Pizza from scratch


The finished article
I really enjoy making pizza, and the craft that can be honed with the dough, and the texture that can be perfected in the sauce.

My style is to keep it simple stupid, to focus on the important parts (so no stuffed crust type gimmicks) and to try make the pizza as healthy as possible (so as little fat as possible, and control the carbohydrates)

I give below the major parts of my pizza, and show roughly how I work my way through the process.

Prep time for me is approx. 1h hour 45 minutes, and cooking time approx. 15 minutes (the dough rising consumes a lot of the prep. Excluding the dough rising, 30 minutes is a reasonable prep time if you work at a good rate)

The "special" tools I have are:
  • Pizza stone, to superheat the base (someday I will trade up to a wood fired stove!)
  • Pizza peel
  • The pizza peel is a (useful) luxury, but the stone is (in my eyes) essential if cooking in a home oven that tops out at ~200C

Dough

This is the difficult bit for me, but I feel happy enough sharing my method, for others to improve on!

I love the thin, crispy pizza dough, with depth of flavour locked into it, such that you can enjoy the base as a standalone dish! Also, it has the least stodge/fullness factor - perfect for a sharing snack.

There are many pizza dough recipes out there, but from what I can make out, they all reduce down to flour, yeast, water & time. The particular one I use is not dissimilar to this one in principle:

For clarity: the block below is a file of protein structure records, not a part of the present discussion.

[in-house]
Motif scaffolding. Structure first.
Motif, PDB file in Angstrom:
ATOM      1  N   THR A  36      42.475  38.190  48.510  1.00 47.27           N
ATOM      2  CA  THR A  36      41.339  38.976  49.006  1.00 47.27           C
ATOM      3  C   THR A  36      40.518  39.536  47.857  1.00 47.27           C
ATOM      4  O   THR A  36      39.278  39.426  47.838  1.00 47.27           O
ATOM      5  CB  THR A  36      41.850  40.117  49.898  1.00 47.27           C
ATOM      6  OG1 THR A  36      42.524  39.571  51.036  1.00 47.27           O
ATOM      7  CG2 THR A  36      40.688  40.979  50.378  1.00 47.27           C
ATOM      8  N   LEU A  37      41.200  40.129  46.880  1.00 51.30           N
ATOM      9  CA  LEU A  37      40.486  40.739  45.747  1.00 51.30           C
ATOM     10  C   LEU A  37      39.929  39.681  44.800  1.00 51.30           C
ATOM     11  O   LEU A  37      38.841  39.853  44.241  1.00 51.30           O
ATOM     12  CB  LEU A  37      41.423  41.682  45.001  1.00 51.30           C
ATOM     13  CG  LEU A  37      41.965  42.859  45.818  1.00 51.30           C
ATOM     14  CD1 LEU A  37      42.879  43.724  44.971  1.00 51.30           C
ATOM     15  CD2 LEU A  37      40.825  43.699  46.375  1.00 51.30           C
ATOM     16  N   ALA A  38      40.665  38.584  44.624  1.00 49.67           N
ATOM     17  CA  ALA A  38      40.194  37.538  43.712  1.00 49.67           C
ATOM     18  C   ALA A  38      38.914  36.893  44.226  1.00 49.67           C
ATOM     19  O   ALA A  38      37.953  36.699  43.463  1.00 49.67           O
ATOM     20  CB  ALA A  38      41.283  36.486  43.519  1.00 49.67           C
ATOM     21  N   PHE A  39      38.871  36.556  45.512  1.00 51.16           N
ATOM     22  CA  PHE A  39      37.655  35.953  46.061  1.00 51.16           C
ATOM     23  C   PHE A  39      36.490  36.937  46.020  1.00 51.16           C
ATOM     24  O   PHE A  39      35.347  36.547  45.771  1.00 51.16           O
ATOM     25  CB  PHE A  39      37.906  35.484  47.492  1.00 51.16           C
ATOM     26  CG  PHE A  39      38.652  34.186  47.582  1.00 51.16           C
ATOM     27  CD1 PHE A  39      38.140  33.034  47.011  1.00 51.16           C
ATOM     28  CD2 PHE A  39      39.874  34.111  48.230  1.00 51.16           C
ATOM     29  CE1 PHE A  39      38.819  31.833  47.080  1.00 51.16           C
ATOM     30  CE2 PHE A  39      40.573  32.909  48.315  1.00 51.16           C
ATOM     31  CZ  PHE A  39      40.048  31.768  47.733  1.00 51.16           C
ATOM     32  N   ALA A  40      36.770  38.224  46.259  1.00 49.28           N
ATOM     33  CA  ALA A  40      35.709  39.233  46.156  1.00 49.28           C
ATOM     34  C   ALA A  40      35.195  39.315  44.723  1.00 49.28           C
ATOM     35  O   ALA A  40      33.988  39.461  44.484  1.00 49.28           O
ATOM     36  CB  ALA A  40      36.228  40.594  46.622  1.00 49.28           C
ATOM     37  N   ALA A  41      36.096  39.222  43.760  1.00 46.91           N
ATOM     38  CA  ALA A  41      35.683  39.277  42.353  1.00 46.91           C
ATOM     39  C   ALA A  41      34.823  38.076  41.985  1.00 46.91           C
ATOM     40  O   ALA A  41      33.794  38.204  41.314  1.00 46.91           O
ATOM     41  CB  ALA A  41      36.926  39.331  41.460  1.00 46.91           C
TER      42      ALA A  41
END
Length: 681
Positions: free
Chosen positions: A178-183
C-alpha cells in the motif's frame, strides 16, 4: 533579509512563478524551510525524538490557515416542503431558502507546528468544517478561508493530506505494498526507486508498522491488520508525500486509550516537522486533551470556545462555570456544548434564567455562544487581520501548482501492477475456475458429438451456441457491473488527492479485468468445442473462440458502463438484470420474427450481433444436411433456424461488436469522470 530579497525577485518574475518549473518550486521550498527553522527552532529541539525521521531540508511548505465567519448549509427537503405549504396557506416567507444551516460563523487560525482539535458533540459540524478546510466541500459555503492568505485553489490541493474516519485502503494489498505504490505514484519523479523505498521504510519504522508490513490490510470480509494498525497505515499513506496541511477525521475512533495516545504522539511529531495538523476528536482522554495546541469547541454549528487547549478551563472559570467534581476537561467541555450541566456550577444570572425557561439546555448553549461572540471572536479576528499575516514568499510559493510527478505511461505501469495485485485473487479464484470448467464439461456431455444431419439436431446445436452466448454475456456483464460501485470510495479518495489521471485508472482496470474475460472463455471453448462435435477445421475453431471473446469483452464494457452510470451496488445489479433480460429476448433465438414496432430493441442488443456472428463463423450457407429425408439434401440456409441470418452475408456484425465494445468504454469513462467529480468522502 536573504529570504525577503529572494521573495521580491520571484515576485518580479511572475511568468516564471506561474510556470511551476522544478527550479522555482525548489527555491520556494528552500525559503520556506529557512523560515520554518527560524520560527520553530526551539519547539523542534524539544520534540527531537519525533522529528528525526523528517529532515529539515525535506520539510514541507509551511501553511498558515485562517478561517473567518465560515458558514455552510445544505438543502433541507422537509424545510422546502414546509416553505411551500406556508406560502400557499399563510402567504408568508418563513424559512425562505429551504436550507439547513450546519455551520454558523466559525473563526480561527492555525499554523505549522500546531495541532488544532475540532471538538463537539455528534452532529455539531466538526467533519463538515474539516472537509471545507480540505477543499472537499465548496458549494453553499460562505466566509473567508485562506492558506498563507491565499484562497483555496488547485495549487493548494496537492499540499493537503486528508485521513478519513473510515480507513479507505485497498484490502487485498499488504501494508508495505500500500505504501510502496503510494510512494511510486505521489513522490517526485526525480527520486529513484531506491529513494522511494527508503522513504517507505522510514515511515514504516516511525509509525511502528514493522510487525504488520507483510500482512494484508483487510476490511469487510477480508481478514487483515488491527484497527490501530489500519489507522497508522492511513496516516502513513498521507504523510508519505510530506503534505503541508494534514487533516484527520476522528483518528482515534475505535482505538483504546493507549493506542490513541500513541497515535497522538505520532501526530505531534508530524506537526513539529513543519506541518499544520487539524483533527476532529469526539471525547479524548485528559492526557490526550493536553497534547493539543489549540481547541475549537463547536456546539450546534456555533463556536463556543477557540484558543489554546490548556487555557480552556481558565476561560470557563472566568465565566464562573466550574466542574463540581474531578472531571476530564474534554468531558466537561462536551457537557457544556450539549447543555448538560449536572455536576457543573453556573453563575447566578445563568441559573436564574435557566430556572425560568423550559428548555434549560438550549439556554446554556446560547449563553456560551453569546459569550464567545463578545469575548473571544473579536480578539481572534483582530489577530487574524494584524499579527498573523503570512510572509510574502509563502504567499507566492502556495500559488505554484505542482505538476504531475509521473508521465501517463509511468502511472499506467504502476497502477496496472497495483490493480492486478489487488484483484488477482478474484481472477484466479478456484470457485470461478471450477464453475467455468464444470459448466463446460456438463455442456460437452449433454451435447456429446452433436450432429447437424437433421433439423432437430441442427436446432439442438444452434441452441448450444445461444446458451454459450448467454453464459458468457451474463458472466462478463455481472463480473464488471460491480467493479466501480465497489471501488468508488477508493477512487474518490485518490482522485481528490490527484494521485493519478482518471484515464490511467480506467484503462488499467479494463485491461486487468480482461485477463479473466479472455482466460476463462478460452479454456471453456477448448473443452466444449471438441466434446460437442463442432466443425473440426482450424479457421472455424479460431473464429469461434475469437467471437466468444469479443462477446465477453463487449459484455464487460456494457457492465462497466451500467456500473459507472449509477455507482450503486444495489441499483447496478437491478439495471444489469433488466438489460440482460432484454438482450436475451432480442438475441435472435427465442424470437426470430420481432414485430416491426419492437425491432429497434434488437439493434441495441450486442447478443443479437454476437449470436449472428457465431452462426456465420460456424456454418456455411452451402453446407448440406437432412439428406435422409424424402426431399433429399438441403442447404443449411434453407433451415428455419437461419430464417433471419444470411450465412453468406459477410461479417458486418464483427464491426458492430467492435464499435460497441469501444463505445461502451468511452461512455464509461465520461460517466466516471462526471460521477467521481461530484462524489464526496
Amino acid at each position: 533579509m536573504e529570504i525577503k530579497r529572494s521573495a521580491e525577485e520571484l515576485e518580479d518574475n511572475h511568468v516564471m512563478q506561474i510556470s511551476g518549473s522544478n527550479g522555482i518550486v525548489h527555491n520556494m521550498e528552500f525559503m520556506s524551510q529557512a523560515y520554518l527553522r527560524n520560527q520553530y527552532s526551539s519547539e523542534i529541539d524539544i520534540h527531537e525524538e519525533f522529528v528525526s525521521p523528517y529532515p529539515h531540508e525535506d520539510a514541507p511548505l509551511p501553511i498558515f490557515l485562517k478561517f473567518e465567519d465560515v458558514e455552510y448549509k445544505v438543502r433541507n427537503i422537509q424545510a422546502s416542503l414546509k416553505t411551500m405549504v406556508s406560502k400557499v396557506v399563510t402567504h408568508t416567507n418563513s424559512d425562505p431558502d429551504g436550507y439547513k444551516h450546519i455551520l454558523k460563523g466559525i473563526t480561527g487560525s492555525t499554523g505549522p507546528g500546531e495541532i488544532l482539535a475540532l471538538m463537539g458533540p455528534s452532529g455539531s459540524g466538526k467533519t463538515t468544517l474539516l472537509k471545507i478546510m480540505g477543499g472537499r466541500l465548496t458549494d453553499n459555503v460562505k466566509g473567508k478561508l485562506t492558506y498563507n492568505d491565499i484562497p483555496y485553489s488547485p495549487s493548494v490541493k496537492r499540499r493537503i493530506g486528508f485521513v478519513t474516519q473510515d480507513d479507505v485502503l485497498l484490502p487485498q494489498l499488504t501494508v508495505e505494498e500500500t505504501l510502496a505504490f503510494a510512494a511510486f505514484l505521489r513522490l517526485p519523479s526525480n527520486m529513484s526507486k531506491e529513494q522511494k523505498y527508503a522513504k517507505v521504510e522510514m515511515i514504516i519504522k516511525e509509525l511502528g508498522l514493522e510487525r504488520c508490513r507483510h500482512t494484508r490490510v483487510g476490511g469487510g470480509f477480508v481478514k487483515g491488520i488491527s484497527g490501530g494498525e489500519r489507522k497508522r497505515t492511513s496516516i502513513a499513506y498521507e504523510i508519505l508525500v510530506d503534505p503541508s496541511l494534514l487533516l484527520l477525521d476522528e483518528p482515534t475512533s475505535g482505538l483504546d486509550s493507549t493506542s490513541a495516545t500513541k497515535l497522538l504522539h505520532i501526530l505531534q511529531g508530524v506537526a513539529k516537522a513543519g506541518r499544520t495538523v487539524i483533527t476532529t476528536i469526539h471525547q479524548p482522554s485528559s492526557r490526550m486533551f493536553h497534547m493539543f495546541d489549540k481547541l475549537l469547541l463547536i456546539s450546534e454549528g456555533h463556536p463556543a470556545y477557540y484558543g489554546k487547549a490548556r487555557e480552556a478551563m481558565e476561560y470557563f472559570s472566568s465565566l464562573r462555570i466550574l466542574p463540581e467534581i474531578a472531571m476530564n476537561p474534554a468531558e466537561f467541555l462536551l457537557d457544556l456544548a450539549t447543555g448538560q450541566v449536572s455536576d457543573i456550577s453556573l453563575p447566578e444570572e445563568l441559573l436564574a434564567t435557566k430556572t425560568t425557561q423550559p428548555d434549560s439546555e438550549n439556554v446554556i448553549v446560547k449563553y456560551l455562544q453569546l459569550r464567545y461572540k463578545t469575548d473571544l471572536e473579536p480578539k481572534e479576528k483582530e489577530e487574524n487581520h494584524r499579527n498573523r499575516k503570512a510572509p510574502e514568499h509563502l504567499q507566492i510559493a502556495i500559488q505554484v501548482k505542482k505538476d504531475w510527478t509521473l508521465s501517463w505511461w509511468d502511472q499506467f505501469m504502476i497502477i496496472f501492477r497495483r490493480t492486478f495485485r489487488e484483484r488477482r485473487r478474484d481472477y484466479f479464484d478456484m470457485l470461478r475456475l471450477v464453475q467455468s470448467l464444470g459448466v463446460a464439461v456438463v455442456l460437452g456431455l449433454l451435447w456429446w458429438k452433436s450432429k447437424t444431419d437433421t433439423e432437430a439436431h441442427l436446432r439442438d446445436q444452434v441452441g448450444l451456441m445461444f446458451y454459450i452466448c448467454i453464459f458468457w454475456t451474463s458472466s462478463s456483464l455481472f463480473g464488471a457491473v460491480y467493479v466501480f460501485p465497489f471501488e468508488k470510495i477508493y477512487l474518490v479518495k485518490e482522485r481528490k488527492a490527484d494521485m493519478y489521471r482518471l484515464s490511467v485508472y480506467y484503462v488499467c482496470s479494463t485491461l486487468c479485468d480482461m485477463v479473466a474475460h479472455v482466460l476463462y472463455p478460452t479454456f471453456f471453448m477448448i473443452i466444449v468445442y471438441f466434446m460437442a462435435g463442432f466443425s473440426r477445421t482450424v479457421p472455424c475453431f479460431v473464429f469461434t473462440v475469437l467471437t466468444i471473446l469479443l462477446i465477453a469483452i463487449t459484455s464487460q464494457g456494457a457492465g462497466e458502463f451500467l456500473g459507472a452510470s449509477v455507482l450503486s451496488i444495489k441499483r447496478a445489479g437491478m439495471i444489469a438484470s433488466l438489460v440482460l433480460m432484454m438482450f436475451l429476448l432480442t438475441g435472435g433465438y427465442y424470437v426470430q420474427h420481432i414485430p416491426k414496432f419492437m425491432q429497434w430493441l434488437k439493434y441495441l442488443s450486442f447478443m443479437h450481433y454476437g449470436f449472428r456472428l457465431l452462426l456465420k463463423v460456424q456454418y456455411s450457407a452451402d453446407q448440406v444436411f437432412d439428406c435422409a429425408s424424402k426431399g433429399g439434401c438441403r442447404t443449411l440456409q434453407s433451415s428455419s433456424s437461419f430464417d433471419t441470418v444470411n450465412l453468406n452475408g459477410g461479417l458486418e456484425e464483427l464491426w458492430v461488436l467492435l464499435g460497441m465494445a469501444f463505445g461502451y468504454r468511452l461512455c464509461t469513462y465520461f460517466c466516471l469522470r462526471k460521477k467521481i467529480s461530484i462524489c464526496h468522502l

http://www.reddit.com/r/FoodPorn/comments/1tegga/homemade_pizza_with_pepperoni_and_mushroom_we/ce75wl7.compact

And my more precise ingredients are:
  • ~200g of fine flour (I use a type 00 flour - see here & here for some technical details on that, and here for the specific flour I currently use) The benefit of fine flour for pizza is it is more elastic, with a finer texture. I find that 200g of flour is good to produce an almost thin/fluffyish based circa 30cm pizza. ~150g is good for a proper thin based 30cm pizza. Mixing in wholemeal flour can give a nice texture, but be aware that this will make the dough stickier to work.
  • 7g of bread machine yeast. Yeast is a minefield of different types - the closest description I can find is for Instant Yeast on the Wikipedia Page
  • Table salt (a small pinch)
  • Black pepper (a pinch)
  • Onion granules (a pinch)
  • Garlic granules (a pinch)
  • A drizzle of virgin olive oil (strictly speaking not required if you make your dough correctly - I only use it for a slight flavour)
  • 133ml of lukewarm water (if you are varying your quantity of flour, what ever the flour measurement is in grams, the water should 2/3 of it in ml)
Dough ingredients
Mixing the dry ingredients

Adding the water, and finally the olive oil. Our mixer machine has a dough hook specifically for mixing dough (replacing kneading), which requires 1 minute mixing at minimum speed, and 4 minutes at 1/6 of full speed

Dough slowly falling off the hook

Before rising the dough

Dough being left to stand in a warm place (circa 40C, if your oven will operate that low, is an alternative) for 1 hour, covered in cling film & secured with an elastic band, before being "knocked back" with 30 seconds of mixing, to remove the air. The dough will then be left to stand for a further 30 minutes in a warm place, before being used.

Dough after raising for 1 hour. The recipe books will tell you it should be twice the size. A friend of mine swears by Michel Roux Junior's alternative method of chilling the dough overnight in the fridge following raising it, to give a better flavour - I haven't tested this but it could be promising